More than 30 homes visited during RSPCA’s badger crime crackdown
Charity’s inspectors out as part of Operation Meles
RSPCA inspectors have already visited more than 30 homes in England and Wales as part of a proactive crackdown on alleged badger crime.
The inspectors have already given welfare checks to nearly 90 animals – including dogs, as well as ferrets, birds of prey and some cats – as part of Operation Meles.
Operation Meles is a UK-wide multi-agency investigation aimed at gathering intelligence following reports of suspected badger crime and involvement in such activity. The RSPCA is proactively visiting addresses in England and Wales during a week of action, in conjunction with the SSPCA in Scotland, USPCA in Ulster, the Badger Trust, Scottish Badgers as well as several police forces.
The RSPCA officers have identified several targets linked to alleged badger crime from reports to the charity’s cruelty line.
Chief inspector Ian Briggs, the RSPCA’s lead on Operation Meles, said: “Badger crime is a constant blight on the British countryside. Catching those responsible for the sickening persecution of one of our most iconic wild animals remains one of our top priorities.
“It is our aim, during this week of activity as part of Operation Meles, to build up our ever expanding portfolio of intelligence that will help us catch those people who think it is acceptable to go into our countryside and cause untold suffering to badgers for their own sick entertainment.”
In addition to the visits by RSPCA inspectors, three warrants in conjunction with local police forces across England have been carried out. More are planned for the rest of the week. Nine dogs in total have been seized during the warrants, and two people have been interviewed on suspicion of offences under the Protection of Badgers Act 1992, with one arrest so far.
Badger baiting – where dogs are deliberately used to attack badgers – has been in existence since medieval times, along with other ‘blood sports’ such as cock fighting, bear baiting and dog fighting. It was banned in 1835, but still continues today.
Badger digging and interference with badger setts is often done to find, and probably kill, badgers. It is considered a sport itself by those involved, although it was banned in 1973.
Keighley man Anthony Lee was this week told by magistrates in Bradford that he can expect a jail sentence after he admitted taking part in barbaric badger baiting.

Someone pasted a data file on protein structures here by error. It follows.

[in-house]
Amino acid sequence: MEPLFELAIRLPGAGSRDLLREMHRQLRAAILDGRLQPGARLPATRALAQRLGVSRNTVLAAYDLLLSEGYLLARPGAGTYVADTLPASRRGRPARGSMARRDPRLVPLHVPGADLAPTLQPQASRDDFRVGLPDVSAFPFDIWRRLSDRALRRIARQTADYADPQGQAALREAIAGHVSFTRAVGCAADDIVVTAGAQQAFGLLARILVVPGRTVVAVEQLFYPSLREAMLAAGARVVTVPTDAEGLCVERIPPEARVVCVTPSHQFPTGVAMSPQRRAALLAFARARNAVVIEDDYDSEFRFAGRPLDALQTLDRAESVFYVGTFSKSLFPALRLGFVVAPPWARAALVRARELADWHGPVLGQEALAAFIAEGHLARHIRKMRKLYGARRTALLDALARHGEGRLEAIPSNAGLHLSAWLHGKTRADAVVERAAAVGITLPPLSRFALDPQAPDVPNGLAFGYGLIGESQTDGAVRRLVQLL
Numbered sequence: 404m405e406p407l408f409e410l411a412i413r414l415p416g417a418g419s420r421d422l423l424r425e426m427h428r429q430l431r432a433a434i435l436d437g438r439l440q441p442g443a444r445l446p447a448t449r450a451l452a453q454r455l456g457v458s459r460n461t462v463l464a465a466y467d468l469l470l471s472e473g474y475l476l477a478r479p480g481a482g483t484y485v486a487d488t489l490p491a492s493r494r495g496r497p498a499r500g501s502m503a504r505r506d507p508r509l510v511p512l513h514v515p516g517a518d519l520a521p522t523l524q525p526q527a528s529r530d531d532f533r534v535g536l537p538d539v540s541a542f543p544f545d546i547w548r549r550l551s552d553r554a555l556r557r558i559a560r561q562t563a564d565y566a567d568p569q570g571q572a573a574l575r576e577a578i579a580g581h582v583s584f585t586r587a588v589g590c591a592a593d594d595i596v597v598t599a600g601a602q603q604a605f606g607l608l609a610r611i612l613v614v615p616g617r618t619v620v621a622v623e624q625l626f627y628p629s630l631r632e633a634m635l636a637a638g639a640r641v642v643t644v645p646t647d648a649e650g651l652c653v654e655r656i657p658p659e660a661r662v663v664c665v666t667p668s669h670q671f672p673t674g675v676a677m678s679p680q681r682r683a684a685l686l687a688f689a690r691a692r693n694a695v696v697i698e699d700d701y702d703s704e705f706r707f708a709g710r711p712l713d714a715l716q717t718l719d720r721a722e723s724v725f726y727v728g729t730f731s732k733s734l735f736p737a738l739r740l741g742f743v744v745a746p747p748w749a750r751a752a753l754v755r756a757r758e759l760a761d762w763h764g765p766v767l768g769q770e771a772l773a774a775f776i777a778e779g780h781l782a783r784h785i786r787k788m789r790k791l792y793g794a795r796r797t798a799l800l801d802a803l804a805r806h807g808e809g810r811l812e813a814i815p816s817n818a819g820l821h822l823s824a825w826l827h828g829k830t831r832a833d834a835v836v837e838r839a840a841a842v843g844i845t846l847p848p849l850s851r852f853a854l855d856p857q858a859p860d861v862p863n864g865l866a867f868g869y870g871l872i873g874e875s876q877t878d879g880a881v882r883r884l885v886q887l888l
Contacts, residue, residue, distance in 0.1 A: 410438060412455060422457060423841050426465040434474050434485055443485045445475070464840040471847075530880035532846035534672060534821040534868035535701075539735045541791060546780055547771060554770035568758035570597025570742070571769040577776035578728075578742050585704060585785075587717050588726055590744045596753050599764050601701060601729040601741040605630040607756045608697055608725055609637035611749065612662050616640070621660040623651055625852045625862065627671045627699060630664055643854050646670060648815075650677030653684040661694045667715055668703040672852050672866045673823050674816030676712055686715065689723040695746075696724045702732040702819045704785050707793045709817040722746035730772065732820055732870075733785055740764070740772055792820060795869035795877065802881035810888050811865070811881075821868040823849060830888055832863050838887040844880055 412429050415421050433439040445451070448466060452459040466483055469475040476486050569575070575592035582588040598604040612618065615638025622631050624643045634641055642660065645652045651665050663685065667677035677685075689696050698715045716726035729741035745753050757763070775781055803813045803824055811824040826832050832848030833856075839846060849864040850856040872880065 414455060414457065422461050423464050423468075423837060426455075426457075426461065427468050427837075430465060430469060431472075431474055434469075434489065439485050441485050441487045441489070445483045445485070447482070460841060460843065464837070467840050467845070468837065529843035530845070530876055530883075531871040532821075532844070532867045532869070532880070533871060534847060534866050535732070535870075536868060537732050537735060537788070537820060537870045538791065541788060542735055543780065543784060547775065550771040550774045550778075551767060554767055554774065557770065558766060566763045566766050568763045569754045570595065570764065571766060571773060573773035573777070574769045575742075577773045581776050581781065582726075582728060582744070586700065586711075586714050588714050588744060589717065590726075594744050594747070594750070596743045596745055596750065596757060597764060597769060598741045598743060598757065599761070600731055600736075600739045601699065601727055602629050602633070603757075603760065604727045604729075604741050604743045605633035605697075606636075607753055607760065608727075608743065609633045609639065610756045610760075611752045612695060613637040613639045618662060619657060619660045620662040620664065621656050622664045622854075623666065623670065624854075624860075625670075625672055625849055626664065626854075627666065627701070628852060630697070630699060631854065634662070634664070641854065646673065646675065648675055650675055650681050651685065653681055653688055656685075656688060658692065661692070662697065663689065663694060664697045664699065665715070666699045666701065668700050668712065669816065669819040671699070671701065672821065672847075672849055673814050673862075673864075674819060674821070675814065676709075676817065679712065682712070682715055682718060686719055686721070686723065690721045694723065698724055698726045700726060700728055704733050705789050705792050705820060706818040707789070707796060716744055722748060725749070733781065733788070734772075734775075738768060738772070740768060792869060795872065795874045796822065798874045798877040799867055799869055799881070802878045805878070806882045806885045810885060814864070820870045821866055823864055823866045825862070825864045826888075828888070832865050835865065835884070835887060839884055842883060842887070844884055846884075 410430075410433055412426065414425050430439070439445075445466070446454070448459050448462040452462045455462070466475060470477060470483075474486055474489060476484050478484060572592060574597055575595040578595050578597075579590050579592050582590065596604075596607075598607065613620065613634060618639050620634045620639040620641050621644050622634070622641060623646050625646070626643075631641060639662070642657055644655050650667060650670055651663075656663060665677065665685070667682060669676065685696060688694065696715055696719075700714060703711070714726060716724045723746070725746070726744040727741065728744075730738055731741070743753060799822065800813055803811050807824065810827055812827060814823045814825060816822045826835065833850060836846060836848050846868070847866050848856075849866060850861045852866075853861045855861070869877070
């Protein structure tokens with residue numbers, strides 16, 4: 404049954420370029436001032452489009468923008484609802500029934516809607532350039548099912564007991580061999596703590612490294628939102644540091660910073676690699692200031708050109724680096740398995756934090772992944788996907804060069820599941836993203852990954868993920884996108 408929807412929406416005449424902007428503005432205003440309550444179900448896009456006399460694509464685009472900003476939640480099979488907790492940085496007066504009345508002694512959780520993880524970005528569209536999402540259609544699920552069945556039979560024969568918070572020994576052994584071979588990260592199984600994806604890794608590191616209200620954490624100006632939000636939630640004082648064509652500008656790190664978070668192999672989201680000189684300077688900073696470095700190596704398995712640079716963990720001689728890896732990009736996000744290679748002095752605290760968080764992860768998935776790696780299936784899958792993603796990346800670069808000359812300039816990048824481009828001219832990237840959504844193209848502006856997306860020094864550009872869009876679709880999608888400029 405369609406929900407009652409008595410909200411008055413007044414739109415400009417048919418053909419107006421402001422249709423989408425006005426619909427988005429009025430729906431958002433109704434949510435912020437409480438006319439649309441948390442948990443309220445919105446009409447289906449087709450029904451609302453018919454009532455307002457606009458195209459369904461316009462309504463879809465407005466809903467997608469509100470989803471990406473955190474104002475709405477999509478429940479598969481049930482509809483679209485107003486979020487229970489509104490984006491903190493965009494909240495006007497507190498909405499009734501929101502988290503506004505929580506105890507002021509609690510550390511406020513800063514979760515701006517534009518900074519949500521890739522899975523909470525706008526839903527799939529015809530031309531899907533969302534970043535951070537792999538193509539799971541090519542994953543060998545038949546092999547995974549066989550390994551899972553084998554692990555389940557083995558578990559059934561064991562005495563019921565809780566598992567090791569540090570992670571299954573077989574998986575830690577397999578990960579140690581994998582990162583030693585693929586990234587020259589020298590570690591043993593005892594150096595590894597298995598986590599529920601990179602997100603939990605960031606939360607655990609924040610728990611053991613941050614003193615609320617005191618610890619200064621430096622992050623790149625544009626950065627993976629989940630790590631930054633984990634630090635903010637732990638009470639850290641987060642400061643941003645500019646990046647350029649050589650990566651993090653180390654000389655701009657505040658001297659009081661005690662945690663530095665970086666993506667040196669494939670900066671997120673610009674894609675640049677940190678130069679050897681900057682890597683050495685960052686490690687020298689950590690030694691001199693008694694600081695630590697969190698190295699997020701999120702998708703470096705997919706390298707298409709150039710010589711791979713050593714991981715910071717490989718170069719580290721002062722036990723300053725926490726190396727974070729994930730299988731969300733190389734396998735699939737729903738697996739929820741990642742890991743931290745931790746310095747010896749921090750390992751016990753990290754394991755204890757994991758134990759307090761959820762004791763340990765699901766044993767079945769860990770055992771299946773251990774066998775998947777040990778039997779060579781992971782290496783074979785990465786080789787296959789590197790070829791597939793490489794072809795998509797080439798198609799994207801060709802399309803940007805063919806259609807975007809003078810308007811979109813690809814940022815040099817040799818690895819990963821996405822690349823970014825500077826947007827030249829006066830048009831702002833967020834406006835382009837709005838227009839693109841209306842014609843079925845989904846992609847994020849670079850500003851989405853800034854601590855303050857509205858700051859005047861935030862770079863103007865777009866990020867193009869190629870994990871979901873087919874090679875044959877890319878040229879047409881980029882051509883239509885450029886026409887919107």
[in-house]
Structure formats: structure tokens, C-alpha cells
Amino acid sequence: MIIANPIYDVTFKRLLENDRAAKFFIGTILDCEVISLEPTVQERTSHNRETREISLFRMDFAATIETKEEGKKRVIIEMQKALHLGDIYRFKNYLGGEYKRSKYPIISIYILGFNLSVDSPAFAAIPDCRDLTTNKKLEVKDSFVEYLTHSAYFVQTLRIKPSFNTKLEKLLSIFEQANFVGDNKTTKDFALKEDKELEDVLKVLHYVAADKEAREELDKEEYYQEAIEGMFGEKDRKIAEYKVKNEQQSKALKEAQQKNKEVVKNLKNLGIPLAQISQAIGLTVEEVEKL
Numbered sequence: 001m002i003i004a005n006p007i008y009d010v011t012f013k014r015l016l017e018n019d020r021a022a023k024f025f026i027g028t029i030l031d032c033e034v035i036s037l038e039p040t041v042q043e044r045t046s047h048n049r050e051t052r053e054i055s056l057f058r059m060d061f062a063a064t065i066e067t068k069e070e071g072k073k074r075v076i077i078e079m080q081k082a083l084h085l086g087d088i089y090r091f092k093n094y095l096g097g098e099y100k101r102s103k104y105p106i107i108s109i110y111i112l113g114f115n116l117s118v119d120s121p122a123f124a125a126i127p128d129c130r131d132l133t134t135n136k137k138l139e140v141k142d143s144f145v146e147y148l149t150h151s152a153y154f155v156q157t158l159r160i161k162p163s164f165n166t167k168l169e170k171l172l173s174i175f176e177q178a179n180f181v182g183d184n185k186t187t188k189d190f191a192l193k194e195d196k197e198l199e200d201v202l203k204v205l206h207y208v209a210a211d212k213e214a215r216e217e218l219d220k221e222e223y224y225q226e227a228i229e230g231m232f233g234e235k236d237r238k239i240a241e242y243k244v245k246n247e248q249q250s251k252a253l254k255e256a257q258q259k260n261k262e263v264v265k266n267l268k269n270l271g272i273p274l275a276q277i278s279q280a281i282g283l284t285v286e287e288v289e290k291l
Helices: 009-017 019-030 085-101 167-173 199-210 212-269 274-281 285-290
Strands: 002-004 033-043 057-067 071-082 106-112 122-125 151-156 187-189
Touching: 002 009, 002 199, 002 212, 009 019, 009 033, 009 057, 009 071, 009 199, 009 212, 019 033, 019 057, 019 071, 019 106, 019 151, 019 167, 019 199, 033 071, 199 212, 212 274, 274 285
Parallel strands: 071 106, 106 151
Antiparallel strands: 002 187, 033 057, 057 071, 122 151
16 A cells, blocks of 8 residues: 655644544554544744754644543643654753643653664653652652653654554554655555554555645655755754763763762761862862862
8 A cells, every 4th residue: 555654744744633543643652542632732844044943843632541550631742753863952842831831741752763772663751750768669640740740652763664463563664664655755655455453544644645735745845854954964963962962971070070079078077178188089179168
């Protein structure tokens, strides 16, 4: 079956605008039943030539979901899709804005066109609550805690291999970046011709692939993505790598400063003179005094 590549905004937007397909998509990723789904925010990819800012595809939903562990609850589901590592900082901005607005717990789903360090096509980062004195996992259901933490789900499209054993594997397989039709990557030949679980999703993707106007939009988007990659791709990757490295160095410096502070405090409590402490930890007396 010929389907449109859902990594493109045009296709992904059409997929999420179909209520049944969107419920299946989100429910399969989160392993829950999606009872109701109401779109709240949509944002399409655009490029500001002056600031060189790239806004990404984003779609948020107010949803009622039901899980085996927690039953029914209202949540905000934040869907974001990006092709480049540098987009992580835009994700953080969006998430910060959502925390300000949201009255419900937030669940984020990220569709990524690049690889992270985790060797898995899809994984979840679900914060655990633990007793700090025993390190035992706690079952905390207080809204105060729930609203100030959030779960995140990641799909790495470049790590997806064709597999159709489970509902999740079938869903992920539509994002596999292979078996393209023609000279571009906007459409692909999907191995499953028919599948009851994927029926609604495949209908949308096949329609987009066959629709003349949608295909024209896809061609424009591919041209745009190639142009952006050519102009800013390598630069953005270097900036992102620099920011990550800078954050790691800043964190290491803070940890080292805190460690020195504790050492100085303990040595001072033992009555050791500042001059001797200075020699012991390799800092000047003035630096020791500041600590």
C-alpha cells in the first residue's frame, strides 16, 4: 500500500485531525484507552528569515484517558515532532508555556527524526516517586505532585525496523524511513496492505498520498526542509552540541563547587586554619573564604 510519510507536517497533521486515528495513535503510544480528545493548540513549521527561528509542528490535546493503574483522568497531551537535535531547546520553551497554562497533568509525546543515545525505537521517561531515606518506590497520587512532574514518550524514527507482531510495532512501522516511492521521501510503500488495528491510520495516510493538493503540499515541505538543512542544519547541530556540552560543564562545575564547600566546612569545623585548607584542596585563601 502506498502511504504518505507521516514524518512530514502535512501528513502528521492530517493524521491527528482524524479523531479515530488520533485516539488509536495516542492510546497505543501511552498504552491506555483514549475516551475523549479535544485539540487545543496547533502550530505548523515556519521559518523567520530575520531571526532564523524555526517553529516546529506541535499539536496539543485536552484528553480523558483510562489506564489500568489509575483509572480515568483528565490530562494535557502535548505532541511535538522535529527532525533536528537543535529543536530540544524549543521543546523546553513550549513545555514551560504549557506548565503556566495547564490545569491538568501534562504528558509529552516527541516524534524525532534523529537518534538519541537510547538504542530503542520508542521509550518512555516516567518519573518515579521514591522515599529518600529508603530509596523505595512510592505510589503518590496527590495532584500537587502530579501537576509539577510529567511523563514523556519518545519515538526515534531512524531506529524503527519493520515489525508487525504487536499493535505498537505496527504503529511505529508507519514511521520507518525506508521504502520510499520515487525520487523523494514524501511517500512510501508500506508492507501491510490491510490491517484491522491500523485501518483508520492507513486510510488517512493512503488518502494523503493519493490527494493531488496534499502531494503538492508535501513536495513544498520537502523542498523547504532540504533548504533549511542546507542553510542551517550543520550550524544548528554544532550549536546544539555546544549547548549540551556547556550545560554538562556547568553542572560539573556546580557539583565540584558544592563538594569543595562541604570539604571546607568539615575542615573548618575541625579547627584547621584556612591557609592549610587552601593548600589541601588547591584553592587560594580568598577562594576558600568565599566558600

Sickening footage of specially bred bull lurcher dogs attacking a badger was found on Lee’s mobile phone, which was seized when he handed himself in following a series of warrants executed by police and covert RSPCA inspectors in Keighley in February last year.
Lee, of Newtown Court, appeared before Bradford Magistrates Court on Wednesday (28.3.12), where he admitted three charges of attending an animal fight, under section 8 of the Animal Welfare Act 2006. He is due to be sentenced on 22 May, again at Bradford Magistrates Court.
RSPCA inspector Carroll Lamport said: “It is satisfying after so many hours of work and Lee challenging the case right up until the last minute, that he has accepted the strength of evidence against him.
“The suffering that the badger would have suffered during the attack that is seen on the footage seized from Lee is immeasurable.
“You are essentially watching two dogs ripping apart a badger that is fighting for its life. You simply can’t put into words the horror of what is on that footage.”
Notes to editors
Footage of badger baiting from the Anthony Lee case is available upon request from the RSPCA national press office by contacting 0300 123 0244 or email@example.com Please be warned, the footage shows graphic scenes of animal cruelty.
RSPCA, Wilberforce Way, Southwater, Horsham, West Sussex RH13 9RS
Press office direct lines: 0300 123 0244/0288 Fax: 0303 123 0099
Duty press officer (evenings and weekends) Tel 08448 222888 and ask for pager number 828825
Email: firstname.lastname@example.org Website: www.rspca.org.uk
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